American Heritage® Dictionary of the English Language, Fourth Edition
- Elijah Ninth century B.C. Hebrew prophet who sought to abolish idolatry and restore justice. According to the Bible, he did not die but was carried skyward in a chariot of fire.
- n. a Hebrew prophet in the Old Testament who opposed the worship of idols; he was persecuted for rebuking Ahab and Jezebel (king and queen of Israel); he was taken up to heaven in a chariot of fire (circa 9th century BC)
- Hebrew אליהו (Eliyahu, "Yahweh is God"). (Wiktionary)
“* pause* Oh I think I saw Elijah Wood at the table smiling away with his ‘I-just-got-out-of-bed’ hair. * waves to Elijah* Hi sunshine!”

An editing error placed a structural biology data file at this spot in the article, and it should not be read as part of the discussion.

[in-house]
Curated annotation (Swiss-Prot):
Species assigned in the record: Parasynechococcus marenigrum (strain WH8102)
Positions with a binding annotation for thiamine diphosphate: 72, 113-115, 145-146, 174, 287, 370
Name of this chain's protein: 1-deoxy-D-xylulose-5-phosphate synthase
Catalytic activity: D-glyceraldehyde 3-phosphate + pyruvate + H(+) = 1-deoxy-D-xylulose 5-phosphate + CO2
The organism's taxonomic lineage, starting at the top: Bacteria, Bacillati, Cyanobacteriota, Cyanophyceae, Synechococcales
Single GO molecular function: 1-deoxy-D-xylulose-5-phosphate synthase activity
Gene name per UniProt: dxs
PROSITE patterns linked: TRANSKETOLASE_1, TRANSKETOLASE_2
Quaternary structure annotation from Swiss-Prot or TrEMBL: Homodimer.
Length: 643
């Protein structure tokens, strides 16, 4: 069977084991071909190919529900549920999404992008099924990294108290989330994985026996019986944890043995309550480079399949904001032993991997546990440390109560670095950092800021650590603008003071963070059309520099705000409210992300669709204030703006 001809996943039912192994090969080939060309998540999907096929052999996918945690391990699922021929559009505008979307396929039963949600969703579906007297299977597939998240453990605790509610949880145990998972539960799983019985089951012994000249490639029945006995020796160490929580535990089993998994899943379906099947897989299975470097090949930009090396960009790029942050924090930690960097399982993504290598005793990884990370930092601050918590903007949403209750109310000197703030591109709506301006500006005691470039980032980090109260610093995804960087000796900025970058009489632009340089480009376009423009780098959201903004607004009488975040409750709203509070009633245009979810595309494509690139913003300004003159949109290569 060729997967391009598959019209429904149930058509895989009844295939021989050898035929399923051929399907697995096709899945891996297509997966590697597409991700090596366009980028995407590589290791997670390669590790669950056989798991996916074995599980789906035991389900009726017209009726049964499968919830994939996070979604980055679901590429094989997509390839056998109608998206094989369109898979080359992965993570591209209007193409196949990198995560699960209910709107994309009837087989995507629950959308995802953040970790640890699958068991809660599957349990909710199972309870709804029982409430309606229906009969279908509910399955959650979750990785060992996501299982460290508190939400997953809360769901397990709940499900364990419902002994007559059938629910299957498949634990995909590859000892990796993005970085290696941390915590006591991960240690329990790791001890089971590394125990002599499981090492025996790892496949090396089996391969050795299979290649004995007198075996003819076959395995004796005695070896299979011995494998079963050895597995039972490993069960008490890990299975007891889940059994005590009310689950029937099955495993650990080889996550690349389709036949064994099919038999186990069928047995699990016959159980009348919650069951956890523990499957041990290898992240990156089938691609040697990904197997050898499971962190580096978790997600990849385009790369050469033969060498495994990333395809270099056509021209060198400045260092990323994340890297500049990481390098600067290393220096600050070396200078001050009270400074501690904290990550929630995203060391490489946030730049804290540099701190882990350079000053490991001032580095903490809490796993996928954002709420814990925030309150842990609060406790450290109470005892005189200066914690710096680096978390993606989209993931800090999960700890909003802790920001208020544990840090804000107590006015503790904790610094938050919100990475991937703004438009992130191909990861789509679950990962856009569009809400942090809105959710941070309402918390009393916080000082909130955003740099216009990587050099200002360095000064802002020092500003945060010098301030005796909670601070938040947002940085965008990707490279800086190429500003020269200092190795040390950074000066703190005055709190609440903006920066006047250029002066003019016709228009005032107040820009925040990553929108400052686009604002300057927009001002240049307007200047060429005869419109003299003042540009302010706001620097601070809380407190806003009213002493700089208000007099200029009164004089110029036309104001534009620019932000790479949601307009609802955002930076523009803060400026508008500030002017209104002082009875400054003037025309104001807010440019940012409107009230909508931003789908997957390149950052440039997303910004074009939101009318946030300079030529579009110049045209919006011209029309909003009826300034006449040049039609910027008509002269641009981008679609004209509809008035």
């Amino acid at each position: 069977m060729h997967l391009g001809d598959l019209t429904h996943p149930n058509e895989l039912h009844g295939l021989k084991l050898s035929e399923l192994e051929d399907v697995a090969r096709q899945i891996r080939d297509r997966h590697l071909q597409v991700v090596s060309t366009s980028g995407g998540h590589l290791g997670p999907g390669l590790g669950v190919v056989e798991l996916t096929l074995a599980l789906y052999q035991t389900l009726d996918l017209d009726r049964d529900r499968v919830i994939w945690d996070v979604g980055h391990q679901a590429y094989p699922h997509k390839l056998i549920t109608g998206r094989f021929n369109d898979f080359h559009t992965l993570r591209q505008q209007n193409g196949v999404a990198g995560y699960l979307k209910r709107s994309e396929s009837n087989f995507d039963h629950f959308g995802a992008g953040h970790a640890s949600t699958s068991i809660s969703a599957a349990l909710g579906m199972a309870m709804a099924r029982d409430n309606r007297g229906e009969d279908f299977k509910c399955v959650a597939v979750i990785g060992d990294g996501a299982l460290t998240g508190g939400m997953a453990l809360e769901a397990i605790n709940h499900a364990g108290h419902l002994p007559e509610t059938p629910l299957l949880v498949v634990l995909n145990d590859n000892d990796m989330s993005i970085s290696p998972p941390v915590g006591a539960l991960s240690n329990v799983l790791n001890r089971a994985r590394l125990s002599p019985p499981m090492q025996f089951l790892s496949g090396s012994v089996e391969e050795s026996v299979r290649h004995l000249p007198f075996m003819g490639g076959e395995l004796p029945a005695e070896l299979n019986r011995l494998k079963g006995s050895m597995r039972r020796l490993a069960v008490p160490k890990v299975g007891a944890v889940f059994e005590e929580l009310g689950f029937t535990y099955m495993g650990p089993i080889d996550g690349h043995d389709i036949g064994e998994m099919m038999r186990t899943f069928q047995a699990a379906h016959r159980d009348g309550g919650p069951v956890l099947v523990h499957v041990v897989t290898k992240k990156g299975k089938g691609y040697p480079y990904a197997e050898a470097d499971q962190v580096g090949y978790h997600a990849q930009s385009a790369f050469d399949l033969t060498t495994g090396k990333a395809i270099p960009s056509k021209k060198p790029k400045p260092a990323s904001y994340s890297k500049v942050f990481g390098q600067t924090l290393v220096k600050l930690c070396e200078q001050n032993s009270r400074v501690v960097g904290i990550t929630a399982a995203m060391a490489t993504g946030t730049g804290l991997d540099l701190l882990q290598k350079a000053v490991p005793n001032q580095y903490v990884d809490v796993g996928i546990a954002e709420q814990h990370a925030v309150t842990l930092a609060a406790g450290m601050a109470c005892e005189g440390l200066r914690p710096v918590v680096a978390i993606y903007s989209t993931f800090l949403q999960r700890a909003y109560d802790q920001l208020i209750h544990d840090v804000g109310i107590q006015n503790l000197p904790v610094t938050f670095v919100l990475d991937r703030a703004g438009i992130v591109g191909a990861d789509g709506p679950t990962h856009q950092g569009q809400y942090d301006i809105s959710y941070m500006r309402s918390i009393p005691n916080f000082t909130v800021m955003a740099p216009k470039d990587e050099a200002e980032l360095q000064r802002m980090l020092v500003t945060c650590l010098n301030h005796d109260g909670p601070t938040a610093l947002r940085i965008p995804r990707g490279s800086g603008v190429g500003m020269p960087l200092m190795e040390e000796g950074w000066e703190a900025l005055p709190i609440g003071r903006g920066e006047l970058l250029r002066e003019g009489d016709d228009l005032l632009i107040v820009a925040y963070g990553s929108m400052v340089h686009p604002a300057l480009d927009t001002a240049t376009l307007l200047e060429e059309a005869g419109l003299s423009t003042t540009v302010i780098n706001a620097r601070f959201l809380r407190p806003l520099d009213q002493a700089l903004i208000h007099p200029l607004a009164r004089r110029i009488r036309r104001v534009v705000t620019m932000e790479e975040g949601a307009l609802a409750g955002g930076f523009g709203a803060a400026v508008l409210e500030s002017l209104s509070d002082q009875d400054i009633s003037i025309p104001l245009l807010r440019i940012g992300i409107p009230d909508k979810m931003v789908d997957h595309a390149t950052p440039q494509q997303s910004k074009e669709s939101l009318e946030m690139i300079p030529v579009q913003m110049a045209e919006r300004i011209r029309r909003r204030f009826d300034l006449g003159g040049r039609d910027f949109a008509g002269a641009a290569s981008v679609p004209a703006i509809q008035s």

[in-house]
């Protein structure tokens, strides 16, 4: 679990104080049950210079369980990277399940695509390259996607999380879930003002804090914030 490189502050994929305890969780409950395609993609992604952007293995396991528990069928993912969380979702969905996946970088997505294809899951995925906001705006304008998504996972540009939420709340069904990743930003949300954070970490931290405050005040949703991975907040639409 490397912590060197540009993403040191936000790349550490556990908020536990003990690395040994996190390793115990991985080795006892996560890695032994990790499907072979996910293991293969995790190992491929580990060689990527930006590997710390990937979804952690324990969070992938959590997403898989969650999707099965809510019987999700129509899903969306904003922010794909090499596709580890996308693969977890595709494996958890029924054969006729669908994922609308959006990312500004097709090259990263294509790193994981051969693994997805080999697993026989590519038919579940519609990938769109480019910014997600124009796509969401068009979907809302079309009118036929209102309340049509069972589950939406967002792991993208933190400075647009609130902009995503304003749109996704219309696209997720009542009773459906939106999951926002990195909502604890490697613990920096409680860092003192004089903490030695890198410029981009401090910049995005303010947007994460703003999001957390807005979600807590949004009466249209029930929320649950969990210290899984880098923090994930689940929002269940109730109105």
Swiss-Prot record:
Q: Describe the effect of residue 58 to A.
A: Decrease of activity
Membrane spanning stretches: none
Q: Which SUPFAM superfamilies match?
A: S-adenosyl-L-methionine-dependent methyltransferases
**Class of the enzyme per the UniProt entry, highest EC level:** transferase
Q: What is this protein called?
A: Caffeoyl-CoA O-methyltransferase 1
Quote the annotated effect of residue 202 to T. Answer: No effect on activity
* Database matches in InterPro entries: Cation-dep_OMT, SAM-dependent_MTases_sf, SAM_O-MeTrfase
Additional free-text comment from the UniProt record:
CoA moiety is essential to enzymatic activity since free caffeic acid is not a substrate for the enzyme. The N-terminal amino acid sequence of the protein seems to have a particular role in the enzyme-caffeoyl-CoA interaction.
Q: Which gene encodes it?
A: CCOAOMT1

“Elijah is an old-fashioned, rugged individualist living in a society whose greatest value is quasi-socialist civic duty.”
“Reader Elijah is glad he gave his taxes a manual check before sending them off.”
“It continues with funny questions and Elijah is finally let in on the secret in the end”
“Ginny sat on a inflatable doughnut in Elijah's chair at the end of the breakfast bar and talked Myra through making challah the Ginny method.”
“Explain Elijah, I countered, or whichever one it was that was assumed to heaven directly in Genesis.”
“A solitary prophet of God by the name of Elijah had been vindicated.”
“Coming from a small high school in a small town, Elijah is like a child in a candy shop as he earnestly seeks to learn all that he can and experiences the thrill of generating new knowledge through research.”
“The word Elijah is written a hundred and thirty times in tabular form, with the letters transposed.”
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